#promechaniclife

  5. #5
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    Quote Originally Posted by cxwrench View Post
    No...and the post above mine isn't exactly correct. Firstly, the extra cage length has ZERO effect on shifting. The shift takes place the upper pulley, so no difference in any way.

    Secondly the extra length really doesn't have anything to do with larger cogs directly. The ONLY reason for the longer cage is to wrap the extra chain you'll need for larger cogs. That's it. Nothing else. If you take a short cage derailleur(say Max 28t cog) and swap the cage to a longer one you won't have any success clearing bigger cogs (say 34t) because the upper pulley is traveling at the same angle as it moves across the cogs. If you changed the mounting point of the cage you'd gain some clearance which is generally how Shimano does it now. In a way I'm contradicting myself but my point is that the longer (Medium cage, Shimano doesn't make a 'long' cage road derailleur) is only long to wrap chain. In the old days when Shimano made doubles and triples the max cog size you could use was 27t for both derailleurs, the SGS just wrapped the extra chain you'd need for the triple up front than the SS short cage. There is some truth to the notion that the GS won't shift as well as the SS, but only on small cassettes. As the GS positions the upper pulley further away from the axle centerline as you shift to larger cogs the space between the upper pulley and cog gets bigger because it's designed to clear even bigger cogs. Obviously a derailleur designed to allow a 34 w/ proper clearance will have 'too much' clearance if you're using a 25 or 28 large cog.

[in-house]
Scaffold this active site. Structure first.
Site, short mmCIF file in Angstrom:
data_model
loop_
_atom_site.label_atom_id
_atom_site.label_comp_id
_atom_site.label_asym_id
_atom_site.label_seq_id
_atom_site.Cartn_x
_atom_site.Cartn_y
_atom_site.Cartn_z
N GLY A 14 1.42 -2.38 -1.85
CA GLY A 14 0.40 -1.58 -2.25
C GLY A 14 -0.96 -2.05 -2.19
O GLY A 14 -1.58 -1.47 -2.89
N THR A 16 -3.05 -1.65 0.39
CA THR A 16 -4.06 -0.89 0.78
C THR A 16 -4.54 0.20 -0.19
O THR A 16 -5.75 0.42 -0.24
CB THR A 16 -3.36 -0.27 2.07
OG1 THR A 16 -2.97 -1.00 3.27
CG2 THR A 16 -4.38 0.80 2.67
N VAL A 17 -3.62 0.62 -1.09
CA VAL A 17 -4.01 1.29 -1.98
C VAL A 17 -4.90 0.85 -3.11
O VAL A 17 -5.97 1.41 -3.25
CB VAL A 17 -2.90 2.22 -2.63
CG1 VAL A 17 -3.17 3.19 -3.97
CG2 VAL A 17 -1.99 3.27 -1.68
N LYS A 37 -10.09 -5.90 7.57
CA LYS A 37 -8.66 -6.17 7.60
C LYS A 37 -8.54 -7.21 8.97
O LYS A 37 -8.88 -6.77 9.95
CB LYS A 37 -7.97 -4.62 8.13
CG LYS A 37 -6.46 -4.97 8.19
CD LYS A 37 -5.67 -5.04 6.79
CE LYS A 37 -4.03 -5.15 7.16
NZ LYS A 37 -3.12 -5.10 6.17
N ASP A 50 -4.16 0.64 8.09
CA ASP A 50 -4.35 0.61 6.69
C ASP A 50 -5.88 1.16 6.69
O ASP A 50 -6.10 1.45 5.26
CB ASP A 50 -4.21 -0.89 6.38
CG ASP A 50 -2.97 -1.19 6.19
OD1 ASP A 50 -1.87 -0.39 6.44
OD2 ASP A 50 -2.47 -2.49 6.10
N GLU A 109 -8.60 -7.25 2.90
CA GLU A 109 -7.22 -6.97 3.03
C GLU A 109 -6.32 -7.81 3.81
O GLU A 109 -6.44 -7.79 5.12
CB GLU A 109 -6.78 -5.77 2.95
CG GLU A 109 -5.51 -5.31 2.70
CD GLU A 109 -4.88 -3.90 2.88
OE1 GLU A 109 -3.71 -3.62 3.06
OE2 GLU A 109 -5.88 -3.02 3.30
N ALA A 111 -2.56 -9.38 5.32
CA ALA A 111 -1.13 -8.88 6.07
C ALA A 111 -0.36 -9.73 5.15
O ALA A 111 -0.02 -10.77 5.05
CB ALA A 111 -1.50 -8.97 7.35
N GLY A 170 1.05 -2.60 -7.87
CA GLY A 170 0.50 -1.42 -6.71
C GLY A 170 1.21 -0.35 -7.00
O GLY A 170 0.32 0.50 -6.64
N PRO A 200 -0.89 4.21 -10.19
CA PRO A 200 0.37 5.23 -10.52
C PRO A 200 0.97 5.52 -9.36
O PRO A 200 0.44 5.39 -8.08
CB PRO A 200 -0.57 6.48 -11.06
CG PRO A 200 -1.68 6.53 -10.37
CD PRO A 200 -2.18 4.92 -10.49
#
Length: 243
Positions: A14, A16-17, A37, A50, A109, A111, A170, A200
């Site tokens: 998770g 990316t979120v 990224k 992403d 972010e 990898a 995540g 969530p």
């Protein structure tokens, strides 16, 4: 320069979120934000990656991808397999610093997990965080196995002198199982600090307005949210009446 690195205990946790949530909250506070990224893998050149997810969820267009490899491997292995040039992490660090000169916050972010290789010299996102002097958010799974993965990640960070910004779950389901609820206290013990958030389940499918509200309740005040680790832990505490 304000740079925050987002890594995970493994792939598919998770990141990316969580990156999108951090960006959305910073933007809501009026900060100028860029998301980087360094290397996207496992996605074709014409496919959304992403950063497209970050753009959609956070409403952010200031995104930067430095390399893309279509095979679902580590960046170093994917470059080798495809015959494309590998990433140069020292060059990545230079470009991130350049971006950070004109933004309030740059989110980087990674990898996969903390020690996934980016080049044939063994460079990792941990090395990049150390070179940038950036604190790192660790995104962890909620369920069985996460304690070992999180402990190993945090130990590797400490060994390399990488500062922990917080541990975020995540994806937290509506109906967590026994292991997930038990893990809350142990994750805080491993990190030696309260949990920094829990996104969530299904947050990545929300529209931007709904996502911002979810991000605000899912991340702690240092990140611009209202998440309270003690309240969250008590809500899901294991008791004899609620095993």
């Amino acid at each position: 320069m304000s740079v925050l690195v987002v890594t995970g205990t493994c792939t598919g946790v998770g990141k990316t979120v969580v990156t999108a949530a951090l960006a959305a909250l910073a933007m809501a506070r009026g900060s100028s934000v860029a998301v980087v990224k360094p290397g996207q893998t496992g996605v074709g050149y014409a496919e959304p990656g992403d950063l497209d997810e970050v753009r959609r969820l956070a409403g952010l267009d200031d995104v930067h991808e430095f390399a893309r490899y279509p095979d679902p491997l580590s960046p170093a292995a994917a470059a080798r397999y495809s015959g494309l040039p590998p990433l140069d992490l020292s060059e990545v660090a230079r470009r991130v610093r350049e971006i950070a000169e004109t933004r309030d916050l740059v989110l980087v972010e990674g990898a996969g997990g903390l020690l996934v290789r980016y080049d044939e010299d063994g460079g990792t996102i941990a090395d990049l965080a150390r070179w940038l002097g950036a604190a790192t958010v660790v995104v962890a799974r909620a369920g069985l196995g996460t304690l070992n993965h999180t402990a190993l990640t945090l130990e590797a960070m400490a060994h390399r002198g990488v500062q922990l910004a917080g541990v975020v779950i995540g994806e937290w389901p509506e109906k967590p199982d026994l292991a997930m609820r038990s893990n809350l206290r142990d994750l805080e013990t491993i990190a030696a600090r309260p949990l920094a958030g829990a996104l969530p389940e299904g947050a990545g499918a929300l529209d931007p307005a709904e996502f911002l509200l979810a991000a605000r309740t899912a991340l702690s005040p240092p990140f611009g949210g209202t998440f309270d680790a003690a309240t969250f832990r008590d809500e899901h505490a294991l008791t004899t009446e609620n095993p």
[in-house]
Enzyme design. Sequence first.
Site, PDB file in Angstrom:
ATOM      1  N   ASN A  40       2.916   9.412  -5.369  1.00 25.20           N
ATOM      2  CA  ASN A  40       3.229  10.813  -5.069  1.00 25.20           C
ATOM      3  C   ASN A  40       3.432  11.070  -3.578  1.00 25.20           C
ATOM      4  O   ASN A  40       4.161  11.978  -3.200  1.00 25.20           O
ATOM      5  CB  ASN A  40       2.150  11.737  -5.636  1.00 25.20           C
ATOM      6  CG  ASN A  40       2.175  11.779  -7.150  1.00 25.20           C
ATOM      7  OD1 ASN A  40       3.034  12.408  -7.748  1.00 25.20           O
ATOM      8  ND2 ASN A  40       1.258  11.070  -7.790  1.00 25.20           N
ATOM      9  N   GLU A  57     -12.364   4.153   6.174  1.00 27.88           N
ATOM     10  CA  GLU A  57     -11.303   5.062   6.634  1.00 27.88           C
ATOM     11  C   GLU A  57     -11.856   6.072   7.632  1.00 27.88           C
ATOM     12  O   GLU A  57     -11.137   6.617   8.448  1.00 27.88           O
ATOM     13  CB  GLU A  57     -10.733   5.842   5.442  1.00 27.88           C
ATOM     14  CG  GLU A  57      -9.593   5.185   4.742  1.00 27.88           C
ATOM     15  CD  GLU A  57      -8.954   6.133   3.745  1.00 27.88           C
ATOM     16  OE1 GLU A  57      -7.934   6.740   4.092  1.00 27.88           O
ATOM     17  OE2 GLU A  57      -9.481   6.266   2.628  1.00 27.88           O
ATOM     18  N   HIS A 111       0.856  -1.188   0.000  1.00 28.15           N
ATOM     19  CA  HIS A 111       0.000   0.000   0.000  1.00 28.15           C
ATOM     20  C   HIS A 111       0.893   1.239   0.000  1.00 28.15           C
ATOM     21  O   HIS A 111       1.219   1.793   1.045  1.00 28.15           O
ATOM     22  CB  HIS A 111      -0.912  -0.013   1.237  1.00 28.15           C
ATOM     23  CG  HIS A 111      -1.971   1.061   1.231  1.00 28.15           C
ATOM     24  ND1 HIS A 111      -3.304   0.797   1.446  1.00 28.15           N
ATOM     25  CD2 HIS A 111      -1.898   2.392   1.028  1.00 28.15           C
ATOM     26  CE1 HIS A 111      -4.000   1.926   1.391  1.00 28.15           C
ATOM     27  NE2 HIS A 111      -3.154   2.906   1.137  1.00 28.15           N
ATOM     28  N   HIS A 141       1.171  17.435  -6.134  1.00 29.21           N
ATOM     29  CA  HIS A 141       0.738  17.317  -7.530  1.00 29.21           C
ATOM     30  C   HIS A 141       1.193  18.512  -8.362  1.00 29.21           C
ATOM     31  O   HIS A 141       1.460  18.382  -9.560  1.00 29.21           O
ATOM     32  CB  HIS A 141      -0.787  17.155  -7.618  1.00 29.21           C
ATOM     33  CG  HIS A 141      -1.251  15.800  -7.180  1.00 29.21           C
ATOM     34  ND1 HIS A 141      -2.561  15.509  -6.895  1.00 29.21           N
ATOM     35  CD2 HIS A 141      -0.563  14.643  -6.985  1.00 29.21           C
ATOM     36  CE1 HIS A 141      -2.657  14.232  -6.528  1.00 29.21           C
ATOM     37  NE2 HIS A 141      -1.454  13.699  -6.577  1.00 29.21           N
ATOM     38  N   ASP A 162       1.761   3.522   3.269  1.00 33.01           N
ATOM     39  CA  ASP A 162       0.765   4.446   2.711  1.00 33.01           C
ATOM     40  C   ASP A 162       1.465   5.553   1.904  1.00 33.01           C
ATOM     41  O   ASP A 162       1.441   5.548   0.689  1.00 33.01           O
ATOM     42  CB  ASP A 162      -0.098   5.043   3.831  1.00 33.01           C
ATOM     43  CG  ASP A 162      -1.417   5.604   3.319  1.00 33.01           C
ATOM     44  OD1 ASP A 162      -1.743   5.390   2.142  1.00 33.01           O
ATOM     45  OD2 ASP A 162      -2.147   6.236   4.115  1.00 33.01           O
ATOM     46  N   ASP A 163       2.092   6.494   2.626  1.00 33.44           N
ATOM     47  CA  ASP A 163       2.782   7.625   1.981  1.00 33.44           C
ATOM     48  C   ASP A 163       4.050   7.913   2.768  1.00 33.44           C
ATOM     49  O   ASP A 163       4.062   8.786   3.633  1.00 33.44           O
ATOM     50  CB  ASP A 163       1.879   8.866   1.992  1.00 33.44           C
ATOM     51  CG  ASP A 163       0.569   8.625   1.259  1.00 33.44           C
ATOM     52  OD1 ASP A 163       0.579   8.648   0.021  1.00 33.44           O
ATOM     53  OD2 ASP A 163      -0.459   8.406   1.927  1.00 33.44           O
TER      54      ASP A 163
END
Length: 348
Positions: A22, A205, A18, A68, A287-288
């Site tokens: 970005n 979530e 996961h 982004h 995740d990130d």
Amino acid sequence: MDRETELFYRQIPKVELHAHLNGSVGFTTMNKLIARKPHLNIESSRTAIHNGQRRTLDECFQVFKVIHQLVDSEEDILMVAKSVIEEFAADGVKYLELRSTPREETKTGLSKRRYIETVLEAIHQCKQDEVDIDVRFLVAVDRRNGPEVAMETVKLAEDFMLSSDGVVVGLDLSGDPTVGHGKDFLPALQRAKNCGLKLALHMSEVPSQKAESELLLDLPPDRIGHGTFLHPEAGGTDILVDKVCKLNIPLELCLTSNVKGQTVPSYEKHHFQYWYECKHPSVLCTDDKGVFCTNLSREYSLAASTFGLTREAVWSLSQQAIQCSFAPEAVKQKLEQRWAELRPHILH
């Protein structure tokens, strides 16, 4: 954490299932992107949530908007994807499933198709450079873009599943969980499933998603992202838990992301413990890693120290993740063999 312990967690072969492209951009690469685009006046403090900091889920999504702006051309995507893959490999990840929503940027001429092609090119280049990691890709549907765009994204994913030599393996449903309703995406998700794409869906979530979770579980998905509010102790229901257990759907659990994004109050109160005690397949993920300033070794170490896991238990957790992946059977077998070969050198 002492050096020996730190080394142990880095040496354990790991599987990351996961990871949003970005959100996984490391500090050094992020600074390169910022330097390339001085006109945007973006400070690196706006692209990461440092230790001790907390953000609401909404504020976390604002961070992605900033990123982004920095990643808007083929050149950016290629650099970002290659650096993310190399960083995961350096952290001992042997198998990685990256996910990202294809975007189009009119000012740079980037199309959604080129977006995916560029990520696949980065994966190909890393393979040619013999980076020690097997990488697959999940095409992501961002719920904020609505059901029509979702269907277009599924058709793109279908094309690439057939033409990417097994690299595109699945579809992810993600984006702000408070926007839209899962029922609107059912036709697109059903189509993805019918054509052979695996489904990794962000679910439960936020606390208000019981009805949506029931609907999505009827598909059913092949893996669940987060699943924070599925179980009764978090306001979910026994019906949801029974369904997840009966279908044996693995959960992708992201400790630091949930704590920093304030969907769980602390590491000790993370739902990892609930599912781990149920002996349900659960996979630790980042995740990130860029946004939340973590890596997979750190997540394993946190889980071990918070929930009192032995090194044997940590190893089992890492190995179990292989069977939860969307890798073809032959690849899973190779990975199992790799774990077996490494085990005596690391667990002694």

Thirdly...this is why products like the Wolf Tooth Road Link are not a great idea. They're an especially bad idea if you're using a double crank. Yes they add clearance for larger cogs but they don't magically make a derailleur pulley cage any longer. If you're at the capacity of the derailleur and want to get a bigger cassette you're obviously going to need 2 things: clearance and more chain wrap. Guess which the Road Link doesn't do? Usually shift quality is also compromised as the Link moves the upper pulley further away from the cassette in the smaller/middle cogs so it can have more clearance in the larger ones.
    Or to summarize, the only way a longer cage derailleur can accommodate bigger cogs on the cassette is if:

    1) the derailleur is also changed so that the upper pulley is farther away from the cogs for the larger cogs or

    2) if the reason you couldn't use a wider range cassette was because you couldn't wrap enough chain when on the smaller/smallest cog, NOT because the cassette had a bigger biggest cog.

  6. #6
    'brifter' is f'ing stupid
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    Quote Originally Posted by Kerry Irons View Post
    Or to summarize, the only way a longer cage derailleur can accommodate bigger cogs on the cassette is if:

    1) the derailleur is also changed so that the upper pulley is farther away from the cogs for the larger cogs or

    2) if the reason you couldn't use a wider range cassette was because you couldn't wrap enough chain when on the smaller/smallest cog, NOT because the cassette had a bigger biggest cog.
    ^Exactly^
    #promechaniclife